GŌMĒZ (cow’s urine), a Pahlavi term which renders Av. gaomaēza- and gə̄uš maēsman- (AirWb., cols. 483, 1108). Urine, with its ammonia content, has been used by many peoples as a disinfectant, and Vidēvdād 8.13 enjoins that for this purpose it should be that “of small cattle or large cattle” (pasvąm vā staorąm vā), that is, any domesticated livestock. A medieval Persian text specifies cow, sheep, buffalo, horse, or camel (Persian Rivayats, tr. Dhabhar, p. 295 n. 3).
Maintaining cleanliness is a religious duty for Zoroastrians (see CLEANSING i); and regulations are given accordingly in the Vidēvdād, with one reference in the associated Vištāsp Yašt (31), for using gaomaēza-, gə̄uš māēsman-, to remove pollution, chiefly after contact with a corpse. In what appears an ancient passage (Vd. 8.11), corpse-bearers are required to cleanse their hair and bodies with māēsma- “urines” (pl.), after moving three paces from where they have set the corpse down. Elsewhere the elaborate cleansing rite of the barašnom (q.v.) is prescribed, in which, after repeated applications of gaomāēza-, fine earth is to be rubbed over the body and allowed to dry before the final washing with water (Vd. 8.37-39). This is partly to preserve the purity of water (see above, V, pp. 694-95), of which, according to a late Pahlavi text (Guzastag Abāliš 4.1-4) gōmēz is the servant. The threefold cleansing is enjoined also for contaminated clothing and metal utensils (Vd. 7.12-15, 74-75).
Only once, in connection with the barašnom, is it stipulated that for gaomāēza- the faithful should use a bull (gaom . . . uxšanəm, Vd. 19,21), presumably because a male creature was thought to be “cleaner.” Woman’s menstruation was regarded as the second main source of pollution, and after it (it is implied) the woman must always use gaomāēza- before washing with water. If the flow of blood continued unnaturally beyond the ninth day, she must apply the gaomāēza- twice (Vd. 16.11-12). Imbibing gaomaēza- is enjoined only after a still-birth, when the woman, having carried a corpse, must swallow a mixture of gaomāēza- and wood ash to cleanse the “daḵma” (q.v.) within her (Vd. 5.51, see further above, V, p. 696).
Subsequently the use of gōmēz was much extended. This is first attested in late Sasanian times, notably in the Pahlavi text Šāyest nē-šāyest. Gōmēz became widely used not only against all sorts of actual perceived contamination (see, e.g., above, VI, pp. 282, 284), but also against theoretic ones. Thus its application was routinely required of everyone on rising, to remove the impurities of demon-dominated night (Boyce, 1991, pp. 285-90). It was also sometimes used apotropaically (Dhalla, pp. 28-29). The occasions for which the barašnom was required were hugely increased, and a briefer version of it, the si-šōy (above, V, p. 699), was evolved, with the same use of gōmēz. Further, gōmēz taken from bulls only was consecrated to increase its efficacy, and tiny quantities were ritually imbibed, with a pinch of ash from a sacred fire, for inner purification before the barašnom, and also before initiation into the faith and marriage. This coseecrated (yašte) gōmēz is called nirang from the name of the Vd. service, nērang i dēn (ritual of the religion), by which it is blessed (Boyce, 1991, p. 284); but often the terms gōmēz and nirang are used interchangeably. Colloquially Parsis called gōmēz by a word of disputed origin, taro, while Persian Zoroastrians term it pājō < pādyāb (see apud Boyce, 1991, pp. 281-82). Reformists reject its use, which traditionalists have markedly reduced without abandoning either this or the use of nirang.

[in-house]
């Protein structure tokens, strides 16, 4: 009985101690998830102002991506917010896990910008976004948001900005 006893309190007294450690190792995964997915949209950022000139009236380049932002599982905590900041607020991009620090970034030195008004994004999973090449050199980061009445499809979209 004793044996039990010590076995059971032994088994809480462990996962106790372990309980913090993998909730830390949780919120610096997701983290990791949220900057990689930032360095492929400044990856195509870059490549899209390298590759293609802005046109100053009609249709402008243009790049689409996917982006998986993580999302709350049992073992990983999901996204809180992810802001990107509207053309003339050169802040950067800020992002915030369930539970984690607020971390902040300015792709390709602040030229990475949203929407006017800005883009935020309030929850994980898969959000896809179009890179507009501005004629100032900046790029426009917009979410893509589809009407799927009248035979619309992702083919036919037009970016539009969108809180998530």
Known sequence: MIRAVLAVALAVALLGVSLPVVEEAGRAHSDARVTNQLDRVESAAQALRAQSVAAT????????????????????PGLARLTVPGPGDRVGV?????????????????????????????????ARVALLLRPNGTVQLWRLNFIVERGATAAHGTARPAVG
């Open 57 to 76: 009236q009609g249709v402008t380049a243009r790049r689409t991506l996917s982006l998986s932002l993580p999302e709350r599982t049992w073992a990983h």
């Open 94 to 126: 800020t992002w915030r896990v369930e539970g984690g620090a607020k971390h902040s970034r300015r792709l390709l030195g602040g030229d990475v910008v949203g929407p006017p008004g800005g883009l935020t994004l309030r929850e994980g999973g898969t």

Abraham Hyacinthe Anquetil-Duperon, Le Zend-Avesta, 2 vols. in 3, Paris, 1977.
Mary Boyce, A Persian Stronghold of Zoroastrianism, Oxford, 1977, repr. London, 1989, chap. 5.
Idem, “Pādyāb and nērang: Two Pahlavi Terms Further Considered,” BSO(A)S 52/2, 1991, pp. 281-91.
Homi F. Chacha, ed. and tr., Guzastag Abāliš, Bombay, 1936.
Jamsheed K. Choksy, Purity and Pollution in Zoroastrianism, Austin, Tex., 1989 (reviewed by P. G. Kreyenbroek, BSOAS 53/2, 1990).
H. Dhalla, “Funeral Customs and Ceremonies of the Parsis in India,” University of Shiraz, Bulletin of the Department of Linguistics (Asia Institute) 2-4, 1978, pp. 1-47.
Maneckji Nusservanji Dhalla, “Autobiography,” tr. G. and B. Rustomji as Dastur Dhalla. The Saga of a Soul: An Autobiography of Shams-ul-ulama Dastur Dr. Maneckji Nusserwanji Dhalla, Karachi, 1975, the early chapters. Firoze M. Kotwal and James W. Boyd, A Guide to the Zoroastrian Religion: A Nineteenth Century Catechism with Modern Commentary, Chico, Calif., 1982.
Jivanji Jamshedji Modi, Ceremonies and Customs of the Parsees, 2nd ed., Bombay, 1937; repr. 1985.
Originally Published: December 15, 2002
Last Updated: February 14, 2012
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Vol. XI, Fasc. 2, pp. 120-121